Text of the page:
The Underlying Texts

Discussion in 'Bible Versions/Translations' started by IronWill, Jun 11, 2006.

Thread Status:
Not open for further replies.
  1. IronWill

    IronWill
    Expand Collapse
    New Member

    Joined:
    May 8, 2006
    Messages:
    233
    Likes Received:
    0
    In the Bible versions debate, oft-times it comes down to which underlying texts are superior. So which are superior, and why? What historical facts can be used to back up either position?
     
  2. william s. correa

    william s. correa
    Expand Collapse
    Banned

    Joined:
    Mar 16, 2006
    Messages:
    677
    Likes Received:
    0
    Do what?

    1 Timothy 3:16
    "God" has been altered to "He" or "Who" by RV, Ne, NIV, NKJV marg., RSV, GN, LB, AMP, NASV, NEB, NWT, JB. The DR has "which".
    The alteration of "God" to "He" or "Who" obviously constitutes an attack on the Deity of Jesus Christ by the modern textual critics. This alteration has been discussed exhaustively by Burgon (14) pp 101-5, 424-504, whose researches have been summarized by the TBS (58) "God was Manifest in the Flesh." See also Fuller, citing the TBS, (32) p 24A1. The TBS, ibid, state that all the early Greek editions of the New Testament (Ximenes, Erasmus, Beza, Stephens-see Berry's Greek text, the Elzevirs) read "God was manifest in the flesh" and hence this must have been the reading of the manuscripts available to those editors. The wording of their editions is reflected in all the early English translations (Tyndale 1534, Great Bible 1539, Geneva 1557, Bishops' 1568) except the surviving copies of Wyclif (1380) derived in part from the Vulgate. Moreover, the European versions associated with true Bible believers (Italian (Diodati), French (Osterwald), Spanish (Valera), German (Luther), Portuguese (Almeida)) all concur with this passage.
    However, the 19th and 20th century Greek editions of the New Testament, culminating in those of Westcott and Hort and Nestle, all rejected "God" in 1 Tim. 3:16 in favour of "who." These corrupt texts form the basis for most of the modern translations. According to Burgon, p 443, the only ancient witness in support of "who" is Aleph (4th cent.), while D (6th cent.) has "which." C (5th cent.) and F and G (9th cent.) are indistinct in this place and their testimony therefore equivocal, while Codex B does not contain 1 Timothy. In addition, Burgon p 99, cites only one cursive copy of Paul's Epistles, designated "Paul 17," as reading "who" in 1 Tim. 3:16. ("Paul 73," a second copy, was thought to be possibly in agreement with "Paul 17" but Burgon, p 99, states it is actually an abridgment of Ecumenius' citation-see later, which reads "God.") Burgon p 483, states that of the ancient versions, only the Gothic (4th cent.) unequivocally witnesses to "who."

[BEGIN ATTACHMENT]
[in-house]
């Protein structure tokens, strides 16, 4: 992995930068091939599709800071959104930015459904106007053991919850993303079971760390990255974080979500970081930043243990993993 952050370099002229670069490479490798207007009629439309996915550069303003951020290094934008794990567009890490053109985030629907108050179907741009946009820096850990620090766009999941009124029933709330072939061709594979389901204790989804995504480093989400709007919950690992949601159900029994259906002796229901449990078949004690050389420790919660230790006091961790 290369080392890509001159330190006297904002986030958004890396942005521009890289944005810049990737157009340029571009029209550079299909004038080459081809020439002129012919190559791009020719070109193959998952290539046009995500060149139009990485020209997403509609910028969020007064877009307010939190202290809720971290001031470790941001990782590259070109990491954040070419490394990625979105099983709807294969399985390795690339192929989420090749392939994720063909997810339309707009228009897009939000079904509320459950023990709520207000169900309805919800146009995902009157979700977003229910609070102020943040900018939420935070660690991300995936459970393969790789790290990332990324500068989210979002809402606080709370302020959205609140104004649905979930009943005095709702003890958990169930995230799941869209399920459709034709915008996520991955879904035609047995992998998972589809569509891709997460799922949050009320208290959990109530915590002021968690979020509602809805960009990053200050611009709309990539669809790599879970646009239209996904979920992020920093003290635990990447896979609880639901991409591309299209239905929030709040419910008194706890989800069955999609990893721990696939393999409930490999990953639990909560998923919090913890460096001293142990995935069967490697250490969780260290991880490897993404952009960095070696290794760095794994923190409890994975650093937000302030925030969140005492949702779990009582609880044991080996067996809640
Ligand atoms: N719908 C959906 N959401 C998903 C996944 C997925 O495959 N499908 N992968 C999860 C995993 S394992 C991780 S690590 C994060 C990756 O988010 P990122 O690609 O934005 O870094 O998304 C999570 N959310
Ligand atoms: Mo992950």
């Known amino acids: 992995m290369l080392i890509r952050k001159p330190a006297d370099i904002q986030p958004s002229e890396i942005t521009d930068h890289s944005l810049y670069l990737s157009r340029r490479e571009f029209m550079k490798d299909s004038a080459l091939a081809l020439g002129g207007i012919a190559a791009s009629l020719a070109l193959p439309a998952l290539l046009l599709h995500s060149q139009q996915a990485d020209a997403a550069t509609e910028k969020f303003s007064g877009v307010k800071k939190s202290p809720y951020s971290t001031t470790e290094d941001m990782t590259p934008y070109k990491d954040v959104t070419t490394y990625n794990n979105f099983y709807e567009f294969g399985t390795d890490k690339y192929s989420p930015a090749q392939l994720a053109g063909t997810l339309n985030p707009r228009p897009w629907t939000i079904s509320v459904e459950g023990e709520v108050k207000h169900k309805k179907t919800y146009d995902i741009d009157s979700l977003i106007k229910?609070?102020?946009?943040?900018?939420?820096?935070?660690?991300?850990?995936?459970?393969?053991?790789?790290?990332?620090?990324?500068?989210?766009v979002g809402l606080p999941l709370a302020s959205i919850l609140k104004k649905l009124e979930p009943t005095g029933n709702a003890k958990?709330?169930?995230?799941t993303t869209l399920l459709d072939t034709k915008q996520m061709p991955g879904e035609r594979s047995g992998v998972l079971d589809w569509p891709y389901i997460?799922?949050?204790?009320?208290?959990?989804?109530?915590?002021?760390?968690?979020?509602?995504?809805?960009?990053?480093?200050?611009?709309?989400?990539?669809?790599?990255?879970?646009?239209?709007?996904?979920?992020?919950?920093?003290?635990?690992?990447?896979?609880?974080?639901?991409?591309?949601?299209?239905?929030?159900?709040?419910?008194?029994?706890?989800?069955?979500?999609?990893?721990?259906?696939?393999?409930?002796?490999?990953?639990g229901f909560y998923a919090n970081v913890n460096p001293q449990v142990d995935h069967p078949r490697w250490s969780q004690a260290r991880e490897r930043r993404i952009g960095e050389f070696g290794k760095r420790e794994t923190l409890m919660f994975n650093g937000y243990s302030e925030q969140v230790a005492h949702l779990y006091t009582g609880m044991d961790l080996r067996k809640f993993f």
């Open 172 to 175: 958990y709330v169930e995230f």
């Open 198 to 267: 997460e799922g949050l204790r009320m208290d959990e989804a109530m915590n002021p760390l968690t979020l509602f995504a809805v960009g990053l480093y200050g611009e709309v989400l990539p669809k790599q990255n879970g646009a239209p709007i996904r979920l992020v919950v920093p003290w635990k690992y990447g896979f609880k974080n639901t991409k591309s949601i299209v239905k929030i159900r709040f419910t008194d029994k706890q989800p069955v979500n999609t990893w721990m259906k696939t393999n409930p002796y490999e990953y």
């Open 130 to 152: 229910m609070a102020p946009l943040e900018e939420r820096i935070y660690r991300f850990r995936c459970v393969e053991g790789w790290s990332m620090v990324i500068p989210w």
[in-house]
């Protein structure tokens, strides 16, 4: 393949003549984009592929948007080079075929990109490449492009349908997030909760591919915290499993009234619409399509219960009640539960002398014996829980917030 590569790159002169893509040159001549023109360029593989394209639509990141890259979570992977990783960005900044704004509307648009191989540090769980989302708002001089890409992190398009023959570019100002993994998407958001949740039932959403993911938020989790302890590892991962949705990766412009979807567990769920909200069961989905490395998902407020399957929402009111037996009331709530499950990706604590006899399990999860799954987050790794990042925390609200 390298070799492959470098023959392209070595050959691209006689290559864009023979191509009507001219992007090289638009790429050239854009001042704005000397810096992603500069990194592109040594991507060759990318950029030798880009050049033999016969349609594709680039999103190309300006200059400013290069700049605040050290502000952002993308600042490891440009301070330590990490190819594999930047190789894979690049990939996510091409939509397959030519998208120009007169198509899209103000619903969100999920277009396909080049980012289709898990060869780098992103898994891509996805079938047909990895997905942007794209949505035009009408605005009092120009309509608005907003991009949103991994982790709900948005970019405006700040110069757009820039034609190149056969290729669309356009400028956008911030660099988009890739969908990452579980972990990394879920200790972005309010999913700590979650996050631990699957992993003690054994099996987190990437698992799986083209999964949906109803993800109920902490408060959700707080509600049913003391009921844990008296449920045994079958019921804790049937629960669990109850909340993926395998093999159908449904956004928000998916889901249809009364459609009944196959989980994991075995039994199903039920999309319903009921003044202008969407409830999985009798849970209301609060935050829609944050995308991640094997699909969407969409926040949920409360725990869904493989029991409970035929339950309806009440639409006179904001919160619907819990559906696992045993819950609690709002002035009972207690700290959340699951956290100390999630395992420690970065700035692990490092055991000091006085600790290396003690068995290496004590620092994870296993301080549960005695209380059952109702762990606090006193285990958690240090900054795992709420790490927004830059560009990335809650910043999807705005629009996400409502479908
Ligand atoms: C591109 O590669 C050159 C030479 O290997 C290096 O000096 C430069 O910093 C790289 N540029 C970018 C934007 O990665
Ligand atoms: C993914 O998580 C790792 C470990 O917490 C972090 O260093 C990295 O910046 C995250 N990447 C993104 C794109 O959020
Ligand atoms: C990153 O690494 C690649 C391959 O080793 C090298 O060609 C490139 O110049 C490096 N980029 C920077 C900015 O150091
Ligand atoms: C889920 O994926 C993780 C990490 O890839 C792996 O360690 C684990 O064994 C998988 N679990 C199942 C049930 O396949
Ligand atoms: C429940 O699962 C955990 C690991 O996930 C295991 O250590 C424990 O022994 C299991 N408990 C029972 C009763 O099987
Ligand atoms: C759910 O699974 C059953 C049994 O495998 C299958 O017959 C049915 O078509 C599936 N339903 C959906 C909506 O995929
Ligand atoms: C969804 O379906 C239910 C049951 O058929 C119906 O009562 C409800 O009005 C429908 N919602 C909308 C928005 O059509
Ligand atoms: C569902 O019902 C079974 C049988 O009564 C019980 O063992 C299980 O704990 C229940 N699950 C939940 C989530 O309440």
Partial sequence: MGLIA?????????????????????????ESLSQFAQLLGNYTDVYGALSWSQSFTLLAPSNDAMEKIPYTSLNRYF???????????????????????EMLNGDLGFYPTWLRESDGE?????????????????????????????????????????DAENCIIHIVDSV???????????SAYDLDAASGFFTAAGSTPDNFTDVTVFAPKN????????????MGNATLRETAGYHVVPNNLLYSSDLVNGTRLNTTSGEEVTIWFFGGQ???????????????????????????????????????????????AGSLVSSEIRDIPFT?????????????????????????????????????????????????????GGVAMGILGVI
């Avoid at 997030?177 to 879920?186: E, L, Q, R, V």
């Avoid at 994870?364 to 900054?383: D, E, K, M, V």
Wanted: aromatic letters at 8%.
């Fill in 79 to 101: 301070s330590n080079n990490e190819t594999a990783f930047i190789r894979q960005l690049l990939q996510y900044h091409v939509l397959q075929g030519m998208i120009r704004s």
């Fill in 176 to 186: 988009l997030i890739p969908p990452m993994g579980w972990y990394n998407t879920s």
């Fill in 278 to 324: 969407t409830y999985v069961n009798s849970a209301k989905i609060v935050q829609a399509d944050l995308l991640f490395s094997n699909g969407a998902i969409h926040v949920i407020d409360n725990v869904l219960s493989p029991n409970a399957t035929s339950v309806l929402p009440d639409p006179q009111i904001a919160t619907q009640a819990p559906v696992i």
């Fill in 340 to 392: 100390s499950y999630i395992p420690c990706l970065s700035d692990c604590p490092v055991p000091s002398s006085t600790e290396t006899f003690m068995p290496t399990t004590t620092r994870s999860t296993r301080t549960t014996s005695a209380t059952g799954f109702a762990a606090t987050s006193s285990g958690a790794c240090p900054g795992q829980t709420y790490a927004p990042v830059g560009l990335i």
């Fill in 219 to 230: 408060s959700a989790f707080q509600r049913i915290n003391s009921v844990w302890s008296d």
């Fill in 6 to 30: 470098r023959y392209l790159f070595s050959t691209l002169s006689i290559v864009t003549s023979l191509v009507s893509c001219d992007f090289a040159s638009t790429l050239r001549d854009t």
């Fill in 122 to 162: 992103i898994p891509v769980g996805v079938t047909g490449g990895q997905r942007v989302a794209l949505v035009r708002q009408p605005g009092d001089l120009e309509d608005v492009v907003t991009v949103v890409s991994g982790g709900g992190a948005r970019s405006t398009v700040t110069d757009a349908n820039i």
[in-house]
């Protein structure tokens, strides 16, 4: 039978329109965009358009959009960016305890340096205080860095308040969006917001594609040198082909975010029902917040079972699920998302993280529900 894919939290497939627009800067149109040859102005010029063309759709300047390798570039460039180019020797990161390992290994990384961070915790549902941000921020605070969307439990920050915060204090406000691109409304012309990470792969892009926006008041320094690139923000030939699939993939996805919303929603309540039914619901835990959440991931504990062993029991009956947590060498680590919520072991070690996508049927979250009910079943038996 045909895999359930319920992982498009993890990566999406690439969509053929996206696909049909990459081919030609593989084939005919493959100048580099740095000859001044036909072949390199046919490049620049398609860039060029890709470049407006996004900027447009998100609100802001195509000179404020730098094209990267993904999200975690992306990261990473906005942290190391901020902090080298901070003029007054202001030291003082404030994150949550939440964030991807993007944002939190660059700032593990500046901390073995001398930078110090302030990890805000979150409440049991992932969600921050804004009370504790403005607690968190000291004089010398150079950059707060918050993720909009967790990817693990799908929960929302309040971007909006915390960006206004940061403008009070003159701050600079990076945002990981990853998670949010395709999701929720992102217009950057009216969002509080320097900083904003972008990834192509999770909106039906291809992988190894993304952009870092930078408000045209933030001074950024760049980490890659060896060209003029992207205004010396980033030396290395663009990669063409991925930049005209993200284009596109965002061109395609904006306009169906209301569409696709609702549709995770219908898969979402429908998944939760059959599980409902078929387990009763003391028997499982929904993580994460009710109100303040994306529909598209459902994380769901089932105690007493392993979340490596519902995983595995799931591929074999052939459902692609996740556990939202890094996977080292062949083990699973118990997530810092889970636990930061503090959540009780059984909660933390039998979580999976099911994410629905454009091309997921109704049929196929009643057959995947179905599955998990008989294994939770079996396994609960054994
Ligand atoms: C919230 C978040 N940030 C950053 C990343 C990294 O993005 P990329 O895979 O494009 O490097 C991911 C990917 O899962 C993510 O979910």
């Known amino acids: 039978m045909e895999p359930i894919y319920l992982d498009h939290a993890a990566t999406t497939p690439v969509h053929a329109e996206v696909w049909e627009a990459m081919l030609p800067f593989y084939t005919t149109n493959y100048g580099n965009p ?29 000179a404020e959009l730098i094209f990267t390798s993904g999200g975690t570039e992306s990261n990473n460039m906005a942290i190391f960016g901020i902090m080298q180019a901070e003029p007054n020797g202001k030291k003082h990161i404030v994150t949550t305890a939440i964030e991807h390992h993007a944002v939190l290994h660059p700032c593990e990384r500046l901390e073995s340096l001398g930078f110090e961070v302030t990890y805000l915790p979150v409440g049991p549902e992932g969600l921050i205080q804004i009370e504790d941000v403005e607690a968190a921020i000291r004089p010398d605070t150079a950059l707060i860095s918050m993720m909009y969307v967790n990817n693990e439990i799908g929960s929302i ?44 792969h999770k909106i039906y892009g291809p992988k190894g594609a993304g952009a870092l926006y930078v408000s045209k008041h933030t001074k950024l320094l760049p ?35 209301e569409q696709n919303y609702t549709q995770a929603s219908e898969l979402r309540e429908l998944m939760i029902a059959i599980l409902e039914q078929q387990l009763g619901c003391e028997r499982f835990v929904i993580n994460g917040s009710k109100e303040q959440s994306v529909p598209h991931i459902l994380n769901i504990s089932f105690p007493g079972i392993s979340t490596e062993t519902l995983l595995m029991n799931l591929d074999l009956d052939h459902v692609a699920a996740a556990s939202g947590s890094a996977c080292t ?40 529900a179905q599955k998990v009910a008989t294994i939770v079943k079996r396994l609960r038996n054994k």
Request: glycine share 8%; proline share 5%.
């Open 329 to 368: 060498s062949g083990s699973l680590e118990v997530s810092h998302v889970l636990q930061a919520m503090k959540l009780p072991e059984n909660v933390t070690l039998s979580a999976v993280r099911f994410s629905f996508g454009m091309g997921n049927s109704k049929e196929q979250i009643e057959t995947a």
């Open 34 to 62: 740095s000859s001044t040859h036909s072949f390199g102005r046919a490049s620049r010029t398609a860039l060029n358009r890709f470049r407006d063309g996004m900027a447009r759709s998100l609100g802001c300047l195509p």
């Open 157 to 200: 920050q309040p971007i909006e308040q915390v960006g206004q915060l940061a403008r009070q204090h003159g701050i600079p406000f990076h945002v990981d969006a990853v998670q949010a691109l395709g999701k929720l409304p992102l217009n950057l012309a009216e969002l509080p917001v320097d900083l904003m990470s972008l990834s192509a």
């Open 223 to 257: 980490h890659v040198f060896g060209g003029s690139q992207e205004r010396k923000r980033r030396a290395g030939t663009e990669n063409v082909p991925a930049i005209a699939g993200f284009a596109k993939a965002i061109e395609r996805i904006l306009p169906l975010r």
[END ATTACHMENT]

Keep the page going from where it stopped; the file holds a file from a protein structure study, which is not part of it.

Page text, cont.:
Agreeing with D in exhibiting "which" in 1 Tim. 3:16 are the Old Latin (2nd cent.), Vulgate (4th cent.), Peshitta Syriac (2nd cent.) Coptic and Sahidic (3rd and 4th cent.) and Ethiopic (6/7th cent.) versions. The Armenian and Arabic versions are indeterminate in this place (Burgon, ibid p454).
    The only fathers in opposition to "God" arc Gelasius of Cyzicus (476 AD), who cites "which" and an unknown author of uncertain date, who also cites "which."
    The TBS ibid p 8, state that the Latin, Peshitta and other versions may well have been influenced by the erroneous reading in D, of the "Western" family. Later copies of the Peshitta (4th cent.) may have been influenced by the views of Nestorius, who evidently denied that Christ was both God and man. It is probable therefore, that the earliest copies of the Peshitta, now non-extant, in fact read "God," rather than "who."
    The most ancient Greek uncial in favour of "God" in 1 Tim. 3:16, is Codex A (5th cent.). Burgon (p 432-436) cites in detail the witnesses who attest to the horizontal stroke of "Theta" in "Theos" being clearly visible up to the mid 18th century. The TBS pamphlet provides an excellent Summary. In support of A are uncials K, L and P, ("Mosquensis," "Angelicus" and "Porphyrianus" resp.) all of the 9th century.
    The extant cursive copies of Paul's letters number 300, of which 254 (designated "Paul 1" to "Paul 301") contain 1 Tim. 3:16. Of these, no less than 252 read "God," in agreement with this passage. (The two exceptions, which have already been discussed, are "Paul 17" and "Paul 73," of which the latter is a doubtful witness.) Added to this favourable testimony are 29 out of 32 Lectionary copies from the Eastern Church, reaching back to earliest times t.e. before Aleph, which support the reading "God." (Burgon, p 478, declares the 3 exceptions to be "Western documents of suspicious character.")
    Burgon p 450, 454, 489-90. also cites the Georgian (6th century), Harkleian Syriac (616 AD) and the Slavonic (9th cent.) versions as reading "God." The fathers in support of this passage are as follows (Burgon, p 486-90):